The Butterfly Effect and Your Career Future

I received an email recently from TalentGuard, a talent management/training company, about the concept of the "Butterfly Effect." 

It stated, "The Butterfly Effect is a popular principle in chaos theory that states that in any dynamic system, small initial differences may over time lead to large unforeseen consequences." 

This made me think about how the little things college students do each day lead to a consequence...their career.

So, in the "dynamic system" of college, what are students doing...or not doing?
  • Some go about studying diligently. Others party. 
  • Some work excessive hours to pay their own way through school. Some play XBOX excessively.  
  • Some proactively seek activities to explore interests and develop new skills. Others nap.
  • Some diligently apply for applicable experiences - on- and off-campus jobs, internships, co-ops, job shadowing - to build their skill set and professional network. Others diligently keep their Facebook and Twitter accounts updated. 
Most are probably a blend of these things. I hope so anyway.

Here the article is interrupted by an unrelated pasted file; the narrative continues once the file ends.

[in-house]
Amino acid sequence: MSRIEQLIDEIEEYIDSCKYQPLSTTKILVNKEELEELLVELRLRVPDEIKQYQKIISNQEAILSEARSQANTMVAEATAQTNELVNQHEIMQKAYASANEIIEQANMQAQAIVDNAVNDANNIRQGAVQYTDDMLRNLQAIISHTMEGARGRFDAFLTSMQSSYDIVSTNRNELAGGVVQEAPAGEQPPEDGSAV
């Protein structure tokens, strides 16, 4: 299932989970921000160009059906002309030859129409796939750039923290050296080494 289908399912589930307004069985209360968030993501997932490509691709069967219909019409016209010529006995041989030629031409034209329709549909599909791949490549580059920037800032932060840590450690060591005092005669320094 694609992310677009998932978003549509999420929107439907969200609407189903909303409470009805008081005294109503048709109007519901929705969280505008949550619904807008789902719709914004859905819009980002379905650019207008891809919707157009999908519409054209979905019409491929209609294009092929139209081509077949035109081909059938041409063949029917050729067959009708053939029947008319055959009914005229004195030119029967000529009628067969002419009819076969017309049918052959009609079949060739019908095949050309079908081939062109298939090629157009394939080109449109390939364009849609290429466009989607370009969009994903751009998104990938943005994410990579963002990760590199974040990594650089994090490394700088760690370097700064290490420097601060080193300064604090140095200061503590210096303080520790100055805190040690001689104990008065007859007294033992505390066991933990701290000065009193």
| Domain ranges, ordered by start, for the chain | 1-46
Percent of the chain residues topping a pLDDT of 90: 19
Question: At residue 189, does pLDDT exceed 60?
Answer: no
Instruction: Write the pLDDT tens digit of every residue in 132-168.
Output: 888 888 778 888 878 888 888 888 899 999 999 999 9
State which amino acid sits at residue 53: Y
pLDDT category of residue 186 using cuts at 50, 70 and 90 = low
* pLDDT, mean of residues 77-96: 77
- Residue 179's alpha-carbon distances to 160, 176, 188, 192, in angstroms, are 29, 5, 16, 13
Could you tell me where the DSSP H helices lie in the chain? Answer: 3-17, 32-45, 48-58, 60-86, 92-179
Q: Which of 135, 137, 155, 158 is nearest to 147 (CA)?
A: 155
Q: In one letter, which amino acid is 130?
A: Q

Why does it matter? 
In working with students struggling to choose an academic major and career path, I work diligently to help them navigate self exploration, research options and move forward. However, more often than not, it isn't time with me that acts as the "magic pill" that results in a career decision. It's all these little actions that helps the student find their fit, their passion, their calling. Yes, the final enlightening moment MIGHT be the confirmation of a career assessment. But it might be a year after the assessment when a student is volunteering with a local food bank or sitting in a new class or leading peers when the magic happens. And just as simply as a butterfly alights on a flower for nourishment or rest, that student is suddenly confident about his or her future.

So how do you get to the magic landing? You do it all.
  • Take classes in areas of interest
  • Get involved on campus and try out skills and discover new ones
  • Seek a job or internship to test a career of interest and develop professional skills
  • Give back to your school and community
  • Use the assessments available through the Career Center
  • Talk to a career counselor to gain insight into assessment results
  • Research and educate yourself of your options
And last but not least...know that self-discovery doesn't have to stop in college. Pursue it actively. And while I realize there are careers associated with each of the following, I have never heard of anyone identifying their career of choice because of a nap, late night partying, playing XBOX or updating a Facebook status.

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